BP wants less regressive taxes
Sir John Browne, CEO of BP Amoco p.l.c., told the Institute of Petroleum in London Feb. 16 that tax regimes like those in Alaska are barriers to new activity.
Browne was talking about current low oil prices and commented that "at these prices there is no excess economic rent, and there are no windfall profits.
"That means," he said, "that at these prices the continued existence of a separate tax regime for oil and gas in areas like North Sea and Alaska - above and beyond a standard corporation tax charge on profits - is a barrier to new activity and is therefore a tax on investment and employment. A change in that approach to taxation would provide a real encouragement to the development of the remaining resources in the North Sea and in a number of other places around the world. I think it's important to make that case, as clearly as possible, but of course it isn't a solution in itself."
BP Exploration (Alaska) Inc. spokesman Paul Laird said that in general BP's concern with the Alaska fiscal system is "that three out of four kinds of taxes we pay in Alaska are regressive. That is," he said, "they're based on the wellhead value of the oil and the state's take as a percentage of the wellhead value of oil gets higher and higher as the price of oil gets lower and lower" and as industry's share of profits on the oil also get lower and lower.
The regressive taxes, he said, include the production or severance tax, royalties and property tax. The only tax with a basis in profitability is the corporate income tax.
Laird said that in a low-price environment "that kind of taxation discourages investment here."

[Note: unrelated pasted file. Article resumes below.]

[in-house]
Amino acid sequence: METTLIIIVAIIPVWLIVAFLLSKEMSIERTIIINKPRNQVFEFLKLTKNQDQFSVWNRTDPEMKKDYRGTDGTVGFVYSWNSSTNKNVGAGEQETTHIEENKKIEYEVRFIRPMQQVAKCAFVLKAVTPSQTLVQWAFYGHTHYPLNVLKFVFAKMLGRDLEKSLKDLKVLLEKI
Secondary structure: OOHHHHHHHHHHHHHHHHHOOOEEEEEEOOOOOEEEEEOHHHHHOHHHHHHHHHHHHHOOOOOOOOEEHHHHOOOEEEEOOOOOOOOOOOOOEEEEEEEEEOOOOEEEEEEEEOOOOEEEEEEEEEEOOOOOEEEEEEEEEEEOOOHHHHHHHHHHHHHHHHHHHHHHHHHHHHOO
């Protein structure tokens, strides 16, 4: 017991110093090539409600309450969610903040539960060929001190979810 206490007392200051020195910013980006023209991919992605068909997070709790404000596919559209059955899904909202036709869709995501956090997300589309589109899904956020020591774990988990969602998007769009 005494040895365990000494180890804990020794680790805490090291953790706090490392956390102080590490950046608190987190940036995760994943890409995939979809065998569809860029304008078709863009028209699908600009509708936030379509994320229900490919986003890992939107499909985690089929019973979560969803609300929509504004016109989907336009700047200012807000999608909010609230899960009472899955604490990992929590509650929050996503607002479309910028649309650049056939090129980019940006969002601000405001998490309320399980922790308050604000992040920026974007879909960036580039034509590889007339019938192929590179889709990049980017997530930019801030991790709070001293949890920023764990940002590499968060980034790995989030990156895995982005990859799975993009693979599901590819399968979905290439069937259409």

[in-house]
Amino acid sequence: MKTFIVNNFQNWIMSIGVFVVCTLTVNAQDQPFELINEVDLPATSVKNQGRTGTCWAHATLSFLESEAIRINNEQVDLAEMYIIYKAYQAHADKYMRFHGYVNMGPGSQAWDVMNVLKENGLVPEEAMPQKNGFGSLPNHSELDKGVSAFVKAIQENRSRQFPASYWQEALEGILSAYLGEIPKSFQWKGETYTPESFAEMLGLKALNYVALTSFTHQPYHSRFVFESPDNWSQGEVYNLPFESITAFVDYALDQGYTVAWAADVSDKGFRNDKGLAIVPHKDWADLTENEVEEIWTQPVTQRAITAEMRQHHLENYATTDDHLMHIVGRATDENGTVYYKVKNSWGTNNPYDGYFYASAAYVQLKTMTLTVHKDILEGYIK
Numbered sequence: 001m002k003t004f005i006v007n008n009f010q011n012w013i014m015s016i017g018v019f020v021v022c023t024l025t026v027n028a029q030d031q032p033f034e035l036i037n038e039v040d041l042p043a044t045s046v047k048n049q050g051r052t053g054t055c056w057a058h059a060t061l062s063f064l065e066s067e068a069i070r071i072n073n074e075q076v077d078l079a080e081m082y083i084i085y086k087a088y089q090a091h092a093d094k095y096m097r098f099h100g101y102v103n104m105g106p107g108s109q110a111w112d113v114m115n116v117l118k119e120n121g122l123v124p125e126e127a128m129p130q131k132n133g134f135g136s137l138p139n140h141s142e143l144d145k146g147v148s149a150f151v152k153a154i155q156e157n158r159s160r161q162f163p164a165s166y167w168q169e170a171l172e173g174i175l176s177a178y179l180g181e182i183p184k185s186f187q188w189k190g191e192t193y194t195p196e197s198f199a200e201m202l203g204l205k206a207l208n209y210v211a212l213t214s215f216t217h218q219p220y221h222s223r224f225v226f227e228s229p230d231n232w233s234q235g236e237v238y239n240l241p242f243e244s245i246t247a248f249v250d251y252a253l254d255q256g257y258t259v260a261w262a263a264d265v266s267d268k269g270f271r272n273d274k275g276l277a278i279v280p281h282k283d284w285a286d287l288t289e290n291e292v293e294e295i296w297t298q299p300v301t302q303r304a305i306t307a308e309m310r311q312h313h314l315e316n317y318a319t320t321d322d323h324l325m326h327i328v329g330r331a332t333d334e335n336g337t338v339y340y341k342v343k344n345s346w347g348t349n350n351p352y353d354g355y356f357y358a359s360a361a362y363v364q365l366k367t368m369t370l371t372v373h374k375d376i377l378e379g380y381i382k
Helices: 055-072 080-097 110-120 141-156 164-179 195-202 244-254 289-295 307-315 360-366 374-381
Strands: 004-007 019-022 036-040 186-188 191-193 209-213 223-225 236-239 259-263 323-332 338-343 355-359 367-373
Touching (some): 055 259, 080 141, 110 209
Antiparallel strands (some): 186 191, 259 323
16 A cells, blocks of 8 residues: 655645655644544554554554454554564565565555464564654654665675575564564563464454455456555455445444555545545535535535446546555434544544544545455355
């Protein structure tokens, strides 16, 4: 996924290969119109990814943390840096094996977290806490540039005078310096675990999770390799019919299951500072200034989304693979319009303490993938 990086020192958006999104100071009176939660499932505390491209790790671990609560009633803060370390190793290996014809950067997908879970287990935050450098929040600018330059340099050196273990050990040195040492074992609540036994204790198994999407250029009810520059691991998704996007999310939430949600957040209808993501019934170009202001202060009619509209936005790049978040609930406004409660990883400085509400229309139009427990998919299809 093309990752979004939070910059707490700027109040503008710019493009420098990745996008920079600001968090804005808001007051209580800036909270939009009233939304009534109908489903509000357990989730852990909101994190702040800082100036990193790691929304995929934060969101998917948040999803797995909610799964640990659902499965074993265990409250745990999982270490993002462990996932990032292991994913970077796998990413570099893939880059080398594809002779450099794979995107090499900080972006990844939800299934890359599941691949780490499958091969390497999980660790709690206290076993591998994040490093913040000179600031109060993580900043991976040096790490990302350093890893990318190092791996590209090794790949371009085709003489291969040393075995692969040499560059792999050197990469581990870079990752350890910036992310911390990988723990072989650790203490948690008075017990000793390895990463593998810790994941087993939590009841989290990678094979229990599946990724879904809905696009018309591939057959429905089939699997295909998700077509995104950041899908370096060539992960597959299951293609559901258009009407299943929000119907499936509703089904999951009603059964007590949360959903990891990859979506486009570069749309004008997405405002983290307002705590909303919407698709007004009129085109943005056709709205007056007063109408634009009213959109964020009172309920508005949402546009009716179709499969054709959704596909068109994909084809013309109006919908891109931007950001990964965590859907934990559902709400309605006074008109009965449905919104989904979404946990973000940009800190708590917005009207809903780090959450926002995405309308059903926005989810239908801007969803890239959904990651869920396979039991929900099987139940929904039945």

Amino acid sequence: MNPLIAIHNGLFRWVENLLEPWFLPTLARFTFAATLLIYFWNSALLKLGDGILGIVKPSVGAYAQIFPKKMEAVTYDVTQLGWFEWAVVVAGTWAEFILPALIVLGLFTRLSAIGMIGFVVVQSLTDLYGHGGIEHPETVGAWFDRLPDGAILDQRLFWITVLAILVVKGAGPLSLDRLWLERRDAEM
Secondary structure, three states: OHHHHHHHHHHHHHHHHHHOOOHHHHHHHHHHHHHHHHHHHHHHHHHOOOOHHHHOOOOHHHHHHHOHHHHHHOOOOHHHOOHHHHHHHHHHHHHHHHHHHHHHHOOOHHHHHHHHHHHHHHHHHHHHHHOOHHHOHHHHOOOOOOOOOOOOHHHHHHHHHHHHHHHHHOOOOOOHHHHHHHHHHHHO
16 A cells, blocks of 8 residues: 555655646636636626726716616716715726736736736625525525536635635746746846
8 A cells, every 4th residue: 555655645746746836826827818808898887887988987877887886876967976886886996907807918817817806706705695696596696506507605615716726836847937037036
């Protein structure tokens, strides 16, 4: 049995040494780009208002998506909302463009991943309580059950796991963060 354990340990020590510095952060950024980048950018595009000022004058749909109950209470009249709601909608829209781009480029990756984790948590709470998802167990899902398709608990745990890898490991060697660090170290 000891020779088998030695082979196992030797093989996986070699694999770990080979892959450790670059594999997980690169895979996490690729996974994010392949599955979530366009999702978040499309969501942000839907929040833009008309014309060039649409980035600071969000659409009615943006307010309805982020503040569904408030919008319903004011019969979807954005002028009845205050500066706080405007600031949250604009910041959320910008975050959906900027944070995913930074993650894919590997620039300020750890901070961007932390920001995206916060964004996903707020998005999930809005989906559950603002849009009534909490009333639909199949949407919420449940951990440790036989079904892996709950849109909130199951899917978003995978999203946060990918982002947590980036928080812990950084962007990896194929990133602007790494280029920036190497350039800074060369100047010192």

He said BP doesn't have a specific proposal for fixing this regressive tax situation and hasn't discussed with anyone a specific proposal, but that the company thinks "it's in our best interest and the state's to look at the long term and work on a way to make Alaska's fiscal system more competitive at low oil prices."
BP cuts Alaska budget by one-third
BP Exploration (Alaska) Inc.'s overall spending in Alaska for 1999 will be $1.6 billion, down a third from $2.4 billion for 1998. The company has said that its Alaska operations must be cash neutral in 1999, with income matching outgo.
"Capital is going from about $750 million in 1998 to about $400 million this year," BP Exploration (Alaska) spokesman Paul Laird told PNA Feb. 18. The primary components of that reduction, he said, are the Northstar module construction deferral, the deferral for at least a year of Liberty (BP's proposed offshore project southeast of Endicott), drilling reductions announced earlier and a slower pace of Schrader Bluff viscous oil development.
Shared Services Drilling, Laird said, is now projected to drill only about 50 penetrations in 1999, down from 130 penetrations projected earlier.
While development work at Schrader Bluff is not being suspended, he said, only one new well and three sidetracks are planned in 1999.
Laird said the $400 million in capital spending for 1999 includes: Northstar gravel work, which is contingent on getting the Corps of Engineers permit in time to do that work this year; drilling; and BP's share of the completion of the Prudhoe Bay MIX project and the Point McIntyre enhanced oil recovery project.
The rest of the spending, Laird said, is on lifting costs, overhead, taxes and transportation. Taxes and royalties, he said, are going down because of lower crude oil prices and lower production; transportation costs are going down because of lower throughput; and lifting costs are going down because of efficiencies.
Worldwide, BP Amoco will spend $7 billion in 1999, down from $10.1 billion in 1998.